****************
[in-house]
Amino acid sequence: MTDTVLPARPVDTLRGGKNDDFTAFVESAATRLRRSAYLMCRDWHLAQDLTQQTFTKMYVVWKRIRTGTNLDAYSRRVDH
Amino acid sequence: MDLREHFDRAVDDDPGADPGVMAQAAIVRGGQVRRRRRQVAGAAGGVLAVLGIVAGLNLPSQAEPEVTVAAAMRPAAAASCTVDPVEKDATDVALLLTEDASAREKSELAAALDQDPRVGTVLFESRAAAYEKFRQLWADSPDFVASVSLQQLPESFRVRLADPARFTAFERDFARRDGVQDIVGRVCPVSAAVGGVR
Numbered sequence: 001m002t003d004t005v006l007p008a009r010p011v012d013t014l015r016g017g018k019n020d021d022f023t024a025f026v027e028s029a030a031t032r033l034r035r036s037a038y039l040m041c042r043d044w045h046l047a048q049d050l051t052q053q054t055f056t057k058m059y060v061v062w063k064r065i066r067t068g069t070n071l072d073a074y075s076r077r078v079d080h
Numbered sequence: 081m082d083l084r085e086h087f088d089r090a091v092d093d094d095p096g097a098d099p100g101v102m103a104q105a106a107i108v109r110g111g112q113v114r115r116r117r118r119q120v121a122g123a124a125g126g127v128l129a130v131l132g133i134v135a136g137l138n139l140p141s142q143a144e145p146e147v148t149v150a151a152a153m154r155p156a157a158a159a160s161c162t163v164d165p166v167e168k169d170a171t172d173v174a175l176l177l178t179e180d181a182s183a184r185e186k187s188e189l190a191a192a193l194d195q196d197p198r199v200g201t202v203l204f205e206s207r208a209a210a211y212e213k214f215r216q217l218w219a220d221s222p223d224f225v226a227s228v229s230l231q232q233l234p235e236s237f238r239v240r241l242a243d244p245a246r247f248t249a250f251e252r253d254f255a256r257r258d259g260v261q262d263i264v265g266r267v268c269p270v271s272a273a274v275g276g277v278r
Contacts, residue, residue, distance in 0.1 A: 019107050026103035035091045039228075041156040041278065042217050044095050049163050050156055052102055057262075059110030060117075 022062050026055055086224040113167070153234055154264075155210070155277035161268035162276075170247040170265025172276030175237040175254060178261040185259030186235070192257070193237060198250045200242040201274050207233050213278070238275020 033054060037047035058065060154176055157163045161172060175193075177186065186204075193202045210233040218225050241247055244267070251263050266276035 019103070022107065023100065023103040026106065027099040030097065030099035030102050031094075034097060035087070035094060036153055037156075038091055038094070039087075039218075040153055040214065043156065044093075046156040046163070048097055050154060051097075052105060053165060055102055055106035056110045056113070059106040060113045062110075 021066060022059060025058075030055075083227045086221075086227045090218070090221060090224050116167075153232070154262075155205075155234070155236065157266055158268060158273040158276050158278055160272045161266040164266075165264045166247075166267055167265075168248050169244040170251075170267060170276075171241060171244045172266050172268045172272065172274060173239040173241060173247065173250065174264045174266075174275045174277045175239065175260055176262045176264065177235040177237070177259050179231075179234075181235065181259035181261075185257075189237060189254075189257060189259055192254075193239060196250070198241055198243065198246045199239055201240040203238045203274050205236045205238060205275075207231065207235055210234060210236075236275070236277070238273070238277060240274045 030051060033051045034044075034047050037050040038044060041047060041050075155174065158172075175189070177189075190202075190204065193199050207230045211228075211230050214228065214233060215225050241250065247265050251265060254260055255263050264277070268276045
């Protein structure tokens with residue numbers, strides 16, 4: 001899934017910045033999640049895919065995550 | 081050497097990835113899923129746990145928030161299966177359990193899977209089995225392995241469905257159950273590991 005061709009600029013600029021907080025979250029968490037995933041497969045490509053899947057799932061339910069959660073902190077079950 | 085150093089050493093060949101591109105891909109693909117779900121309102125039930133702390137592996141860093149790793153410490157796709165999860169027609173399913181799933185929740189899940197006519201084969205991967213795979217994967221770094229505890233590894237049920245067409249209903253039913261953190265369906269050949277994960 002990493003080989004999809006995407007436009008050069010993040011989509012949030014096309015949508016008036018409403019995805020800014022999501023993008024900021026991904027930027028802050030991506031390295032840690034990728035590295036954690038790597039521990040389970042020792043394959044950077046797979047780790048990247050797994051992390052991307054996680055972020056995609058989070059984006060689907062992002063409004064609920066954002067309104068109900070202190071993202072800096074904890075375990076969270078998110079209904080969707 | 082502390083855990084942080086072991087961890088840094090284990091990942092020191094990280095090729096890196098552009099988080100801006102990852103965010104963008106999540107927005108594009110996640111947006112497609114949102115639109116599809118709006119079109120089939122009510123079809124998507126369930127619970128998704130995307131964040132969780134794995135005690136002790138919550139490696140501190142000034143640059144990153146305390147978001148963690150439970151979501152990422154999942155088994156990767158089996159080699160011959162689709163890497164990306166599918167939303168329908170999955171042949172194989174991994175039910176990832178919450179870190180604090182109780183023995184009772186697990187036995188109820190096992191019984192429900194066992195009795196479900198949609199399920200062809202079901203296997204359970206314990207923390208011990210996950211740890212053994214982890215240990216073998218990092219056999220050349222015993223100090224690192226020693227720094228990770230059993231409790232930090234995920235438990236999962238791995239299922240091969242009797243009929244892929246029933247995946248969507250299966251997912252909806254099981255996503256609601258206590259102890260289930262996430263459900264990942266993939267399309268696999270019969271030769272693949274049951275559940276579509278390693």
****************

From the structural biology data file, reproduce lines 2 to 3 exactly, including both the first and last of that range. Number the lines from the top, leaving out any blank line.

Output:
Amino acid sequence: MTDTVLPARPVDTLRGGKNDDFTAFVESAATRLRRSAYLMCRDWHLAQDLTQQTFTKMYVVWKRIRTGTNLDAYSRRVDH
Amino acid sequence: MDLREHFDRAVDDDPGADPGVMAQAAIVRGGQVRRRRRQVAGAAGGVLAVLGIVAGLNLPSQAEPEVTVAAAMRPAAAASCTVDPVEKDATDVALLLTEDASAREKSELAAALDQDPRVGTVLFESRAAAYEKFRQLWADSPDFVASVSLQQLPESFRVRLADPARFTAFERDFARRDGVQDIVGRVCPVSAAVGGVR